Polycystic Ovarian Syndrome (PCOS)

Polycystic Ovarian Syndrome (PCOS) is a common condition that affects 5-10% of women and is primarily characterized by irregular menses and excess androgens (male hormones).  The cause of PCOS is not completely known, but what we do know is that abnormal hormonal signals from the brain and elevated levels of androgens affect the way the ovaries function. These alterations in the normal female hormonal system can have multiple different adverse effects on a woman’s health.

Effects On The Menstrual Cycle

In a normal menstrual cycle, the ovary will release an egg (ovulation) approximately 2 weeks after the first day of menses.  If pregnancy does not occur, the next menses will start approximately 2 weeks later, completing the normal menstrual cycle. In PCOS patients, ovulation does not occur regularly which can cause menses to come weeks or months later than normal. This results in abnormal bleeding patterns and can even increase one’s risk of uterine cancer if left untreated. The good news is this abnormal bleeding can be treated to regulate the menstrual pattern.

Effects On Fertility

Issues with ovulation are responsible for 25% of all cases of infertility. PCOS is the most common cause of ovulatory dysfunction.  This can lead to lower pregnancy rates and infertility.  Multiple different treatment options are available to help PCOS patients achieve pregnancy.

Other Effects On Health

PCOS can cause or contribute to other issues besides menstrual irregularities and infertility including:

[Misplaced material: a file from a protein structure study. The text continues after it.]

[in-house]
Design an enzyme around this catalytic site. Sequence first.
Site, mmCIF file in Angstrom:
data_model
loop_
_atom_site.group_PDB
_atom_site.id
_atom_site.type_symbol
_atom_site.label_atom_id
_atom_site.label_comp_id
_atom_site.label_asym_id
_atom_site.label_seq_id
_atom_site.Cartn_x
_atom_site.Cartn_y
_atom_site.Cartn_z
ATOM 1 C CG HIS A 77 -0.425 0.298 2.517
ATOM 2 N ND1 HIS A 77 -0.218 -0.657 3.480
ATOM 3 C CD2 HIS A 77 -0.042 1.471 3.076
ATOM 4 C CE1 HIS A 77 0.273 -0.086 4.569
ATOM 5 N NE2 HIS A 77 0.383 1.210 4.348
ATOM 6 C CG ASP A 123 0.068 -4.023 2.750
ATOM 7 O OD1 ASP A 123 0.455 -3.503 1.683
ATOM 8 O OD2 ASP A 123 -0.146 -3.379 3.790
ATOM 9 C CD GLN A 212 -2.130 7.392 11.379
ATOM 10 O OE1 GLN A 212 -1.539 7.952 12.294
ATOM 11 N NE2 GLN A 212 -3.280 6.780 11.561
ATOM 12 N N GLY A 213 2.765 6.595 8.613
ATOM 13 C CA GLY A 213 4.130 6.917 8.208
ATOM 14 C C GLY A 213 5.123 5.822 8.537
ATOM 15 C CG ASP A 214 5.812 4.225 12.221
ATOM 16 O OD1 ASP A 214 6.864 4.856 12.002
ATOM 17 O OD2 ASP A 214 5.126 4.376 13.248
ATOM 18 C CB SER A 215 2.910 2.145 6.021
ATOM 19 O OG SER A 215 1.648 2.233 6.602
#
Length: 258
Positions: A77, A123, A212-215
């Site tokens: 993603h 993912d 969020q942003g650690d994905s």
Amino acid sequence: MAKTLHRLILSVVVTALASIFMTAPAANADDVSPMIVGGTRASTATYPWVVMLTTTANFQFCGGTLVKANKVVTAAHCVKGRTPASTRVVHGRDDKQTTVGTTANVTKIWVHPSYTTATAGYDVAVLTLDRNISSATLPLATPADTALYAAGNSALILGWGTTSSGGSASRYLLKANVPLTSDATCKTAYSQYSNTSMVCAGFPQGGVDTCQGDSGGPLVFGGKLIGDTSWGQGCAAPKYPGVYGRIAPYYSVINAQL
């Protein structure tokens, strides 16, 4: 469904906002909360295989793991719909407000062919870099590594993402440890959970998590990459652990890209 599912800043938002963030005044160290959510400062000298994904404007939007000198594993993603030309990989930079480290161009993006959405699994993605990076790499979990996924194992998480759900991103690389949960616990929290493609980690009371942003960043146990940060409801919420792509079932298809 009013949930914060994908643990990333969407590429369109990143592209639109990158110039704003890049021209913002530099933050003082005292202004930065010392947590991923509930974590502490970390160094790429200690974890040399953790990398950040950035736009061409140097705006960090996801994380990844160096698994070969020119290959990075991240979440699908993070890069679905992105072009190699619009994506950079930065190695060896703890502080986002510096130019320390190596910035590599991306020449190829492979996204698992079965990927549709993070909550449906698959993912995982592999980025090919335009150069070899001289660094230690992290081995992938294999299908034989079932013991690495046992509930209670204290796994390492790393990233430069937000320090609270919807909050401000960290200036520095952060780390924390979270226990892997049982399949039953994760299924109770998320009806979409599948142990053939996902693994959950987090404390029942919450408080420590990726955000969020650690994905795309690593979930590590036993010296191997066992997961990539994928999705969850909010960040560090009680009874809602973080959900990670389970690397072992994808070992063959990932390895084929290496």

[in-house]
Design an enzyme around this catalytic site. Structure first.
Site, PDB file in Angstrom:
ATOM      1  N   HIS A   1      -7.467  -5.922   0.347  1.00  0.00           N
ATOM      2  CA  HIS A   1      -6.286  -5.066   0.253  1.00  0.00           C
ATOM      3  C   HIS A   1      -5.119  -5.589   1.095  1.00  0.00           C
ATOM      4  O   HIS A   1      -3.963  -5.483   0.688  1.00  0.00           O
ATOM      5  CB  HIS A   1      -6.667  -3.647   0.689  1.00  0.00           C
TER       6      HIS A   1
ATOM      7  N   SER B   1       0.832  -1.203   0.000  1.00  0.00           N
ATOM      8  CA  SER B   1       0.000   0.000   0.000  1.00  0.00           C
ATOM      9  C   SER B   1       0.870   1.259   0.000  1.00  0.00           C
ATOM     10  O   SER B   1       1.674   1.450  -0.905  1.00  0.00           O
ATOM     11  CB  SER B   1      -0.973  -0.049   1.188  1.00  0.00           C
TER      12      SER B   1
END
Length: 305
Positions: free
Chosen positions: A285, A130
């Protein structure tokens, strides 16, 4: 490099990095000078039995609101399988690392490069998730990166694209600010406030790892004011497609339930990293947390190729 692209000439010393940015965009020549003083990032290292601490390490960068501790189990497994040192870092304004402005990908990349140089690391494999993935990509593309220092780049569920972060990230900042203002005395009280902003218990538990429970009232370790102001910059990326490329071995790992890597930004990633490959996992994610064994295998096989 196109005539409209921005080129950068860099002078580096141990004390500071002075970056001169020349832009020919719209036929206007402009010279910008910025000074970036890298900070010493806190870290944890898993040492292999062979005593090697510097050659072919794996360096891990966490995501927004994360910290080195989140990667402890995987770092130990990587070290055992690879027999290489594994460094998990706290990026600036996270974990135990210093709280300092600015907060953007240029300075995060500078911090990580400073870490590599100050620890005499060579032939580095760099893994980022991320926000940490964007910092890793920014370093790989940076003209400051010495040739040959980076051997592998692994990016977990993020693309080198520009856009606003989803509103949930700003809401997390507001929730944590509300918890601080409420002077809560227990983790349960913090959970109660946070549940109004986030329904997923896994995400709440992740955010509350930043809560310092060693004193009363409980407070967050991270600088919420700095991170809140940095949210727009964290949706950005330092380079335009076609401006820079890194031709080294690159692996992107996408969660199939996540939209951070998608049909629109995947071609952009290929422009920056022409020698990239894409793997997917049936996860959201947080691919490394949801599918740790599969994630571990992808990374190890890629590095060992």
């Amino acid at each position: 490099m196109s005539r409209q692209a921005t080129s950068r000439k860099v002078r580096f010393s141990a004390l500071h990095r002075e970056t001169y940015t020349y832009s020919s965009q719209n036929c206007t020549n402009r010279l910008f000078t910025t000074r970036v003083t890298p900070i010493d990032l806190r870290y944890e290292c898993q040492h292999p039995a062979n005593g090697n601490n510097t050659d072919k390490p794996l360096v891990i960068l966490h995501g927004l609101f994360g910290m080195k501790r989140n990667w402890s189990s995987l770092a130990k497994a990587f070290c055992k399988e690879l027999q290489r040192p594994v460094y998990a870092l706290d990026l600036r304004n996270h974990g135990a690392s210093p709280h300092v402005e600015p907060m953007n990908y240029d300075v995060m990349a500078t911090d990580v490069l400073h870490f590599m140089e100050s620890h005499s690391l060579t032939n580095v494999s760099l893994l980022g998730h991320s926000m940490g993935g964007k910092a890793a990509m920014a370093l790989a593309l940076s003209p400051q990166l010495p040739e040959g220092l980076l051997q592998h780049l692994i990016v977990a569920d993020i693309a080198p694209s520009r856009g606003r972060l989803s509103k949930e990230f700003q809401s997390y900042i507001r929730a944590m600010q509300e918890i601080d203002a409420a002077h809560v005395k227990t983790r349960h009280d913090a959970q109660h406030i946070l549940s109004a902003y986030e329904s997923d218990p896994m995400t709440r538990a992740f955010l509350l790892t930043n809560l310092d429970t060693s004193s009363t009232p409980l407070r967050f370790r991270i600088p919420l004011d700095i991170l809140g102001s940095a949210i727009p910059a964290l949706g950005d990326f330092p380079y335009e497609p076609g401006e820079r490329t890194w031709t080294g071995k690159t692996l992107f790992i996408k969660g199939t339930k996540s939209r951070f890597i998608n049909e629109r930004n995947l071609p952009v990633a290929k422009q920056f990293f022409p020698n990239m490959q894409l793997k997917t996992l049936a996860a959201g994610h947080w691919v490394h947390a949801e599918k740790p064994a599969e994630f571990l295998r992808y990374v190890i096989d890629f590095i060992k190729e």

• Obesity, difficulty losing weight
  • Acne, male pattern hair growth (hirsutism)
  • Sleep apnea
  • Insulin resistance/diabetes
  • Endometrial hyperplasia/cancer
  • Heart disease


Evaluation for PCOS begins with a careful history and physical exam by your provider at Northside Northpoint OB/GYN. It will also likely include:

  • Lab tests to check for other hormonal abnormalities, androgen levels
  • Assessment of ovulation- through home ovulation tests or blood draw
  • Ultrasound to evaluate the uterus and ovaries- ovaries typically have a “polycystic” appearance with multiple small immature follicles (there are not actually cysts on the ovaries)


Treatment of PCOS is determined initially by the symptoms the patient has and her desire for pregnancy.

If pregnancy is not desired, treatment options include:

  • Weight loss through healthy diet and exercise if the patient is overweight
  • Irregular menses: oral contraceptives, progesterone medications (pills, IUD, implant), metformin
  • Acne: oral contraceptives, spironolactone (an anti-androgen medication), dermatologic medications
  • Hirsutism (male pattern hair growth): oral contraceptives, spironolactone, cosmetic hair removal

If pregnancy is desired, treatment options include:

  • Weight loss through healthy diet and exercise if the patient is overweight
  • Ovulation induction using medications (clomid, letrozole)
  • Metformin
  • Referral to Reproductive Endocrinologist


If you think you could have PCOS, please contact us at Northside Northpoint OBGYN. Our providers are well-versed in evaluating and treating PCOS to help you achieve your personal health goals.

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